I progressed to the Time-Life Good Cook series and to Simple French Cooking, in which Richard Olney hoped against hope that “the reins of stubborn habit are strong enough to frustrate the famous industrial revolution for some time to come.” I turned to Paula Wolfert to learn more about Mediterranean cooking and was assured that I wouldn’t “find a dishonest dish in this book . . . The food here is real food . . . the real food of real people.” Today I rush to the newsstand to pick up Saveur with its promise to teach me to “Savor a world of authentic cuisine.”

  • silversilver In the beginning there was nothing, and then it exploded. USA, Left coast. Veteran
    edited May 2015

    @federica said:
    silver, don't you realise that everything we eat, is GMO...? people get so up in arms about GMO foods, and how bad it must be, and how dare scientists mess with our natural foods, little realising that the majority of food eaten today, would have been unrecognisable 200 years ago, as the same thing.

    Vegetables, tomatoes, strawberries, oranges, lemons, potatoes.... tomatoes were originally yellow. Strawberries were originally no bigger than your thumbnail. Potatoes were blue. Raspberries were almost inedible they were so acidic.

    Everything you eat, today, has undergone drastic change.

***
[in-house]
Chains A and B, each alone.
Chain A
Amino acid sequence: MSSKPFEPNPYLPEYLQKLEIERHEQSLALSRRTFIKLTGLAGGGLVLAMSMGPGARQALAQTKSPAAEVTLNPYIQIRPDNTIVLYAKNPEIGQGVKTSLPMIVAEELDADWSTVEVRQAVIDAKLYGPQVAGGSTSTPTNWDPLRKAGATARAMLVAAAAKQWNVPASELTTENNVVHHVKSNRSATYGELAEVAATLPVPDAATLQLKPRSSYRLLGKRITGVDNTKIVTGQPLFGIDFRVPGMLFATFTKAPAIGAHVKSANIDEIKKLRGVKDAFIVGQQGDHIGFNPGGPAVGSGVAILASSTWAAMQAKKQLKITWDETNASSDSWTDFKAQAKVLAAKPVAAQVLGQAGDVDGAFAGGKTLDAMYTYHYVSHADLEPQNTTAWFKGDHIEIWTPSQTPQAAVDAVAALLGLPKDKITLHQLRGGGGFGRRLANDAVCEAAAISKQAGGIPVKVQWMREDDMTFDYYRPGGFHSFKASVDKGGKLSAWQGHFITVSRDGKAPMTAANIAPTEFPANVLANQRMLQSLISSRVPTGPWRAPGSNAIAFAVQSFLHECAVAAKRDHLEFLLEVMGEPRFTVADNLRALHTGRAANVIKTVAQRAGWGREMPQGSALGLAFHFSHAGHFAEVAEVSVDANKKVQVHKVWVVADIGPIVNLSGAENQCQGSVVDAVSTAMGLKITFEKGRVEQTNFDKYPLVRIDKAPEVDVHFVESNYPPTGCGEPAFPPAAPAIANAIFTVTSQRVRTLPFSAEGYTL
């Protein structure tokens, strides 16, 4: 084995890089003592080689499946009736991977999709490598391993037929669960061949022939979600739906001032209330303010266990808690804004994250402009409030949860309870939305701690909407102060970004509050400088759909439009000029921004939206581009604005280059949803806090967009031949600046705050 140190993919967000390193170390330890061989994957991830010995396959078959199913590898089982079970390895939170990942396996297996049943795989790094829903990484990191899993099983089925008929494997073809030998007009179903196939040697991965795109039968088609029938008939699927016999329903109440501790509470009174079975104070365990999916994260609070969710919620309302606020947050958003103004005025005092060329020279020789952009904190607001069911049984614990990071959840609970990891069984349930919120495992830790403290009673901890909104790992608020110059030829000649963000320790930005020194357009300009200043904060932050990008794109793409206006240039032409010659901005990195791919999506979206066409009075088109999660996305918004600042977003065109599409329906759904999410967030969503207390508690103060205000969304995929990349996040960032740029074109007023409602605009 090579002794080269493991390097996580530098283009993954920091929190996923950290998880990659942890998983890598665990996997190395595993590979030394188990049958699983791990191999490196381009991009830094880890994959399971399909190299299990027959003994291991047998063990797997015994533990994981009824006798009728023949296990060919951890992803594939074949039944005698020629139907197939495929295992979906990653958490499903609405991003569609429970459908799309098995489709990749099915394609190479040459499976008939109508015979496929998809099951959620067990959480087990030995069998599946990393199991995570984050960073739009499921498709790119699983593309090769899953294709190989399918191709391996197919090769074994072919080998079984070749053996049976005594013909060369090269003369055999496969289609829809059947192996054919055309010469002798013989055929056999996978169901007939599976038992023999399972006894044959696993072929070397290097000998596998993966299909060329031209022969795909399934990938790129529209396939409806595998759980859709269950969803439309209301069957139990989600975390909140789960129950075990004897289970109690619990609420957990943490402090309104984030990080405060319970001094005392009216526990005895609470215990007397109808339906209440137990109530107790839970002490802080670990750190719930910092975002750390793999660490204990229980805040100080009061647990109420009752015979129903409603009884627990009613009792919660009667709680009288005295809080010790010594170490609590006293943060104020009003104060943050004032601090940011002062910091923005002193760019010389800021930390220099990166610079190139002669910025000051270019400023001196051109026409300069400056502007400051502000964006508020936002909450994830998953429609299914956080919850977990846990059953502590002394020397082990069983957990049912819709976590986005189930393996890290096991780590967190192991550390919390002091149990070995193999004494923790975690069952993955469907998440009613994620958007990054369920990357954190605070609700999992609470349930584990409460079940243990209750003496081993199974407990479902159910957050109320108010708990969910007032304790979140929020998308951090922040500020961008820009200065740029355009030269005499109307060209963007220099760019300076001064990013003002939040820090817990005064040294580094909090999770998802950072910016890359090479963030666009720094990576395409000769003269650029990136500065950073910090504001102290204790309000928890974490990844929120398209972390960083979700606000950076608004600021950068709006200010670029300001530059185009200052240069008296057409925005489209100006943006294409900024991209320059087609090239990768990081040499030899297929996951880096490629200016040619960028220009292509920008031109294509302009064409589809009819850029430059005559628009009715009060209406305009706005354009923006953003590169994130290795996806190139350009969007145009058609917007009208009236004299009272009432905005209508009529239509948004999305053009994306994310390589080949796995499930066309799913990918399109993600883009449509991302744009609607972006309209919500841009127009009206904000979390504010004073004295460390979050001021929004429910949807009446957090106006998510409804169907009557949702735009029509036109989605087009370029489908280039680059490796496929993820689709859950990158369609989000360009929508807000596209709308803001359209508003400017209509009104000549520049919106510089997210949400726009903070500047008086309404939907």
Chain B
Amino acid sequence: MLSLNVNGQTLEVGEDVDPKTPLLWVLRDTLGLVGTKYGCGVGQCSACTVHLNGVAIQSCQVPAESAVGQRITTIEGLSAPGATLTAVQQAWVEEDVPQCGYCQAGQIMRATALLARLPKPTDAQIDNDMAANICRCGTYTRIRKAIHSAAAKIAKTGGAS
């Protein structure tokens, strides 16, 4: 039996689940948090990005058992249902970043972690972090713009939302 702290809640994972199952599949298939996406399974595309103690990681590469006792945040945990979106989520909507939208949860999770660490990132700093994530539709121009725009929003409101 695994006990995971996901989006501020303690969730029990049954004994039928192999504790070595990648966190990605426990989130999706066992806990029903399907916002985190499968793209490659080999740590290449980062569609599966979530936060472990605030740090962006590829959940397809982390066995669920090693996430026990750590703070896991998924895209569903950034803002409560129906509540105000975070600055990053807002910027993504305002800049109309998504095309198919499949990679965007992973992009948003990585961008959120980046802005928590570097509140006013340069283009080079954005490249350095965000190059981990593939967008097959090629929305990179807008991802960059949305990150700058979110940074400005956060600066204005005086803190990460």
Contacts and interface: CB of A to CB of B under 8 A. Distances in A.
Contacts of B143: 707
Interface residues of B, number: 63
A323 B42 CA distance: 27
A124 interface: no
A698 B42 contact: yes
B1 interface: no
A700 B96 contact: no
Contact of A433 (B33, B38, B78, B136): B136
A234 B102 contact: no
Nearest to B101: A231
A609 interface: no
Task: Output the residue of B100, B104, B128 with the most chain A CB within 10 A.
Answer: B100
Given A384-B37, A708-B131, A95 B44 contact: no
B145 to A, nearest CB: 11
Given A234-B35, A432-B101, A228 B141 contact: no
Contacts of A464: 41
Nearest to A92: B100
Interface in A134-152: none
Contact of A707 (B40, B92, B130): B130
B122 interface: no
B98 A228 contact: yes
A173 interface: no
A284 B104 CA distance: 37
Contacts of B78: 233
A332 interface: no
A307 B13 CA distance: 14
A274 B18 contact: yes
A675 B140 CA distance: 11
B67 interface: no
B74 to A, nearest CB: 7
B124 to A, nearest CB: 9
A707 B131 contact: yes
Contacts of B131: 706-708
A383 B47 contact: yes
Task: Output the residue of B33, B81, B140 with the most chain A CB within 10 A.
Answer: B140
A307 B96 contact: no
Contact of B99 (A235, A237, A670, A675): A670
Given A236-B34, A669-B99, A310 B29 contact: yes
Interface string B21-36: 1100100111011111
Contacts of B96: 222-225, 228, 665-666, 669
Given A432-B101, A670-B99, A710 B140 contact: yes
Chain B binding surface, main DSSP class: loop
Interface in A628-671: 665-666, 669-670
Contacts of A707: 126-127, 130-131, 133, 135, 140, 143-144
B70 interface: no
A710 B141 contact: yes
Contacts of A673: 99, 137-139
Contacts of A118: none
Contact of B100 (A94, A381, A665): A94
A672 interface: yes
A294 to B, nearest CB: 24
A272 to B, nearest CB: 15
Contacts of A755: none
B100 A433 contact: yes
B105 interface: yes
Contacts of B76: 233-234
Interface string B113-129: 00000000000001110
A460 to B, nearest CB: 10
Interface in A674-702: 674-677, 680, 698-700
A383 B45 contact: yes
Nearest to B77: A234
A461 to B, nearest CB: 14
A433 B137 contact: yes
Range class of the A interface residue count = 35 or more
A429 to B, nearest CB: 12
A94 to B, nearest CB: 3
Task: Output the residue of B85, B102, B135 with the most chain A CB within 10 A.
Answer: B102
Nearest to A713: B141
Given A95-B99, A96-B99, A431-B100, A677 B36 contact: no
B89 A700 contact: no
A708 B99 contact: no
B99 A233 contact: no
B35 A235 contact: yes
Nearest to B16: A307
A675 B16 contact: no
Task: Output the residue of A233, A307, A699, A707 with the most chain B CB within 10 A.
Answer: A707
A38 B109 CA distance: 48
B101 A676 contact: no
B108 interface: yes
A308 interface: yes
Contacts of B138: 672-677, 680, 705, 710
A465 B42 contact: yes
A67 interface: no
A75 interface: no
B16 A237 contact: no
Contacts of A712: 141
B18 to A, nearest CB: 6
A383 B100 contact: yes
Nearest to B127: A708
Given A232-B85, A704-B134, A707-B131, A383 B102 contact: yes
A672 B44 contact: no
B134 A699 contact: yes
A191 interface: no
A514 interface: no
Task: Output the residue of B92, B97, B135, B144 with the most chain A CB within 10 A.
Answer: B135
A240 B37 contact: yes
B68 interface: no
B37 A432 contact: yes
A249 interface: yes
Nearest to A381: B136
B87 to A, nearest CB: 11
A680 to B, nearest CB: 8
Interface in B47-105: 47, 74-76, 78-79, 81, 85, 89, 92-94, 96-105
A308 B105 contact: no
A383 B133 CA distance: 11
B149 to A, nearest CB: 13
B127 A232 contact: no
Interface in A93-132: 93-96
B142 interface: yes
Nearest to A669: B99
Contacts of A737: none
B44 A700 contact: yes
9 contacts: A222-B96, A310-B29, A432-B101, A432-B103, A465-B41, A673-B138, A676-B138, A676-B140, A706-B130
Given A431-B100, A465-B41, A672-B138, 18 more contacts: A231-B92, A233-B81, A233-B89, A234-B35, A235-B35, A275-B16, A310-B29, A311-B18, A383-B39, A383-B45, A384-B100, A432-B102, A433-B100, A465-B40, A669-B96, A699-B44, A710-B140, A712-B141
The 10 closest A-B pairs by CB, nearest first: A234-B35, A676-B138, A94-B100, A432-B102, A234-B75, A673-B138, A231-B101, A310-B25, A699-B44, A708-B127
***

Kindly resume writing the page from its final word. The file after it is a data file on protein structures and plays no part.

What I am talking about is 'the latest' - y'know, Monsanto etc. with the pesticides inside the fruit or vegetable? That wasn't any part of the hybridization process in the beginning. This is something that, to my comprehension of what I've read here and there, is a major factor - a very likely factor in the bee problem.

  • federicafederica seeker of the clear blue sky Moderator

    Yes, they've gauged here in the UK that actually the healthiest bee colonies are found on city rooftops and suburban and urban gardens. Seems city folk are keen as mustard to AVOID using chemicals in their gardens and open spaces, allotments and even window-boxes, because they hanker for the natural way of life, while surrounded by the busy rush of city living... so the bees kept in such places are actually less exposed to chemicals and insecticides than those out in the wide open countryside....

  • DakiniDakini Veteran

    @Jeffrey said:
    the author of those remedies is not an MD

    No, but how the stomach acid and sphincter work is explained in A & P courses. That's the answer to your question: "Has someone studied the effect of higher acidity on the sphincter".

    Jeffrey
«1
Sign In or Register to comment.